Few of the nation’s regional food systems have made increasing the supply of regionally grown food a priority. Some regions have made advances in helping their farmers build their share of regional food purchases but if global supply chains were to be disrupted by COVID or some other crisis, it would take years to significantly increase the food grown regionally. Yet such regional self-sufficiency can protect a population’s food access during national and global emergencies and also contribute to reducing greenhouse gas emissions.
The affordability of our national food supply depends heavily on an underpaid workforce that enjoys few benefits. The epidemic has shown how dependent we are on the workers who grow, sell, transport, prepare, and deliver our food but also how vulnerable they are. The limited increases in paid sick leave in the recently passed national COVID funding bill and the increases in the minimum wage to $15 an hour in many states are steps in the right direction. A food system that can survive shocks will require a decently paid workforce with adequate health insurance, sick leave, and livable wages.
Another problem is the inadequate linkages between our food system and our health care system. Food is a leading cause of ill health and the health-care system regularly serves those at the highest risk of food insecurity and dietary diseases, yet only recently have the systems begun to build more stable linkages. Connecting people with food problems to immediate and long-term food assistance, building nutrition and health education into all food and health programs, and making prevention of nutritional problems a priority within primary health care are all steps that could help the nation to better address COVID and subsequent health problems.
Finally, COVID shows the importance of maintaining and expanding deteriorating safety net programs such as SNAP, WIC, and Medicaid. For the past three years, the Trump administration has attacked, cut back, and stigmatized users of these programs. As the national economy deteriorates, these programs help people survive and weather some of the hardships, but it will take years to restore the damage imposed by recent changes. The erosion of unemployment compensation and the growth of the gig economy and its benefit-free jobs further damage the protections created over the last century. The epidemic shows the wisdom of having robust safety nets that can quickly help people to meet and then overcome emerging threats to well-being.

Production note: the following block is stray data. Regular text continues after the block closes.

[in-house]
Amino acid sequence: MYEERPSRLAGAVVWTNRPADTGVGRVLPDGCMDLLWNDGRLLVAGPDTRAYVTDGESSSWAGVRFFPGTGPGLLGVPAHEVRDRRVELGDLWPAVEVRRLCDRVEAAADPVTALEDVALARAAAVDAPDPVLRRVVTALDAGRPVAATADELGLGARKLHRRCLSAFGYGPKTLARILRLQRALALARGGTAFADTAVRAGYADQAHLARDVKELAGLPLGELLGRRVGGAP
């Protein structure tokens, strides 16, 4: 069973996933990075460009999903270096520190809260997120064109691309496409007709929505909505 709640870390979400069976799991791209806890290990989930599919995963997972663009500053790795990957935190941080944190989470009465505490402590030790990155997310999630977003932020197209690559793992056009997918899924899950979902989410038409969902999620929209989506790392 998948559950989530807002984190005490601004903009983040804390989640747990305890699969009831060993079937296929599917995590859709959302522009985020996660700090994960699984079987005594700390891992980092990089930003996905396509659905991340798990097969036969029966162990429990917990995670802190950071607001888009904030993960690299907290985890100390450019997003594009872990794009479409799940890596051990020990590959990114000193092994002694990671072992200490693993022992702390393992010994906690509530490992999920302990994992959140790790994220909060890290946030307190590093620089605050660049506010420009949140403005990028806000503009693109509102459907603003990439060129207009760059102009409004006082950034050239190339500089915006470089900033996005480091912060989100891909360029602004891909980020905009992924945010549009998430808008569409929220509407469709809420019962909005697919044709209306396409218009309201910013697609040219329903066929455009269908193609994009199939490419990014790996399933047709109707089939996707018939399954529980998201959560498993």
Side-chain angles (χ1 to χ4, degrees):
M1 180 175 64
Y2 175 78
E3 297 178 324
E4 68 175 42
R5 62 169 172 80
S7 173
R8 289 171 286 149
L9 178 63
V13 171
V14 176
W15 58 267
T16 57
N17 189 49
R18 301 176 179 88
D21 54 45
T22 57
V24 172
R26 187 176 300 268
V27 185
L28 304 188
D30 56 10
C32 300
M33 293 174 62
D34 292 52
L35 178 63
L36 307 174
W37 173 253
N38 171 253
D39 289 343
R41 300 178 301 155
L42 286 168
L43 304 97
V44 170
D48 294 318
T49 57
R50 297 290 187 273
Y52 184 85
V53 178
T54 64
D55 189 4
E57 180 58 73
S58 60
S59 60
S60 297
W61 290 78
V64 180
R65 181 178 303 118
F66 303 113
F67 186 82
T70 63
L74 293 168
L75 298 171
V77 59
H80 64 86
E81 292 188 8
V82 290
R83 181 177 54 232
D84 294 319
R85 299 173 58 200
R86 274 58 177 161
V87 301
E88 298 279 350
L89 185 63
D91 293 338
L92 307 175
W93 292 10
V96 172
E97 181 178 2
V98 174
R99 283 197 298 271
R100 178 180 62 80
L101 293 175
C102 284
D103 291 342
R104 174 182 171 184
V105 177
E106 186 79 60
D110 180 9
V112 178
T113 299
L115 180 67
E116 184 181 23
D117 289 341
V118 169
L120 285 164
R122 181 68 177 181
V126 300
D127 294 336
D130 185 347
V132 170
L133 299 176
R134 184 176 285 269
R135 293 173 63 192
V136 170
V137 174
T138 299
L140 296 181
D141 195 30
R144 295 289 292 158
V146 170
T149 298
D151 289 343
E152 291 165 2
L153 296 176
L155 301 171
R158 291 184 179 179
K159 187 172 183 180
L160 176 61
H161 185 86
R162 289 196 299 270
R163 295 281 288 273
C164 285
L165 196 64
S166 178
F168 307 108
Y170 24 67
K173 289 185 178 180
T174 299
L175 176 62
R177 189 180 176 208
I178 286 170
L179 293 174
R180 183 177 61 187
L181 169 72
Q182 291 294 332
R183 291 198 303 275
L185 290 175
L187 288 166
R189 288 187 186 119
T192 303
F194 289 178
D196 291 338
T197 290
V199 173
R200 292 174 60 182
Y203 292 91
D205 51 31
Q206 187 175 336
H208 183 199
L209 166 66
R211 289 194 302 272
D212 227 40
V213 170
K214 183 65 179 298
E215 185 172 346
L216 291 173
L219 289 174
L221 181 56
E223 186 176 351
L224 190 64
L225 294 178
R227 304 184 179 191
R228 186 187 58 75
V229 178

Every society must find the right balance between market freedom and government responsibility. Across place and time, societies have made different choices about where to draw this line, suggesting that the mantra that there is no alternative to the current system is patently false. COVID-19 presents new threats to our food system and to every other sector of our society. Finding ways to use this crisis to recalibrate this balance to meet the current and future threats is an urgent priority.
Nicholas Freudenberg is a Distinguished Professor and Director of the CUNY Urban Food Policy Institute at the CUNY School of Public Health. His forthcoming book is “At What Cost: Modern Capitalism and the Future of Health” from Oxford University Press.